But what about us? Are we willing to undergo the same type of transformation process this Lenten season? To achieve our goal of transforming our lives to be more like Jesus is going to take hard work and sacrifice. Yet, God reassures us that our efforts will be worthwhile.

            So how does this transformation take place in our lives this Lenten season? It starts with prayer. In praying we are transformed from our earthly existence to our heavenly existence. By communicating with God we grow closer to him. In prayer, we make our requests made. We ask Him to intercede in our lives, to handle some of our most difficult situations such as restoring health to a loved one, to aid in a financial crisis, or to help us find a job. Yet to conform our lives closer to God and to God’s will, we need to pray to accept God’s will in our lives. We are called, not ask God to do something for us, but rather, to discuss the situation with God and put it in God’s hands for Him to answer in the way He sees fit. This is truly trusting in God and conforming our heart to God. For example, if you are experiencing some financial difficulties, instead of asking God to help you to find a job, pray to God by offering up your financial situation to God and let God decide how He is going to help you. Or when I was first thinking about becoming a priest, I was asked to pray, not for verification of what I thought, but rather, to empty myself completely and let God speak to me about what He wanted me to do. This idea of surrender unites us with the desires of God for our lives, rather than trying to “get God to do what we want him to do.” It is in this total surrender that we are truly transformed to be more like Christ.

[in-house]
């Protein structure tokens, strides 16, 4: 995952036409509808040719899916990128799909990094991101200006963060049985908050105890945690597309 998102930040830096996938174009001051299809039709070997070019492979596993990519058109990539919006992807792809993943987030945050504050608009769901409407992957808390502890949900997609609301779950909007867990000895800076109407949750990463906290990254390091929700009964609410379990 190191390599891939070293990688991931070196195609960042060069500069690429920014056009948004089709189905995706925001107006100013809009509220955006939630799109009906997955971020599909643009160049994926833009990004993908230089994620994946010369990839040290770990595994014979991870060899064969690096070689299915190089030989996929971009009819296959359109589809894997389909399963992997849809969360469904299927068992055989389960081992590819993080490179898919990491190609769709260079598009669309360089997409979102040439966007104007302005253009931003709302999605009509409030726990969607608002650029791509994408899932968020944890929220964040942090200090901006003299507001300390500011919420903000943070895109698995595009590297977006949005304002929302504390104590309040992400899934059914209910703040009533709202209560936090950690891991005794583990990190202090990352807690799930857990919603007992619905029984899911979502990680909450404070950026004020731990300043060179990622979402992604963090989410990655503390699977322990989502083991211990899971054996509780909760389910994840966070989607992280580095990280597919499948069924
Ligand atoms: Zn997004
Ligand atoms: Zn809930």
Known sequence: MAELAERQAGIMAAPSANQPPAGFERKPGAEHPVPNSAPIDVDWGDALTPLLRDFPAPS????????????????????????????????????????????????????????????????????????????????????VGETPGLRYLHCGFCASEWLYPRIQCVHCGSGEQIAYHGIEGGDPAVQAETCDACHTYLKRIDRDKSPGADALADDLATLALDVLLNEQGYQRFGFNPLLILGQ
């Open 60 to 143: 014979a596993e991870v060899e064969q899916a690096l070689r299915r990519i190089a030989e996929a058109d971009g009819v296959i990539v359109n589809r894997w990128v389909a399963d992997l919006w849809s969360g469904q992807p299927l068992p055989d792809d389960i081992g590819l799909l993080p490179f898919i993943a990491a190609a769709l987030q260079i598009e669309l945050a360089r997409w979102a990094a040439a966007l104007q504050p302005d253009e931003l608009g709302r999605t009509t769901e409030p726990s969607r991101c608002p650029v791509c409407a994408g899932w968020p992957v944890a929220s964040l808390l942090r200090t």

Another method of praying is offering our suffering, our trials and tribulations up to God, like Jesus did, for the glory of God. God does not intend anyone to suffer. He did not want his Son to suffer and die on the cross. Yet He knew that once Adam and Eve had committed the first sin, we as humans would be stained with Original sin, and He would have to send his son to suffer and die for our salvation. This is his gift of love for us. As humans we are imperfect created beings and all have our crosses to bear. For some it is an illness, to others it could be loneliness, or depression, or financial hardships or trouble in our relationships with others. Regardless of what cross we are asked to carry, we have two choices. We can unite our cross with the cross that Jesus hangs upon or we can feel sorry for ourselves and wallow our lives away in self pity and resentment. However, if we unite our pain and suffering to Jesus on the cross, we share in the glory he brings to God in this offering. As a result, our hearts grow closer to the Sacred Heart of Jesus.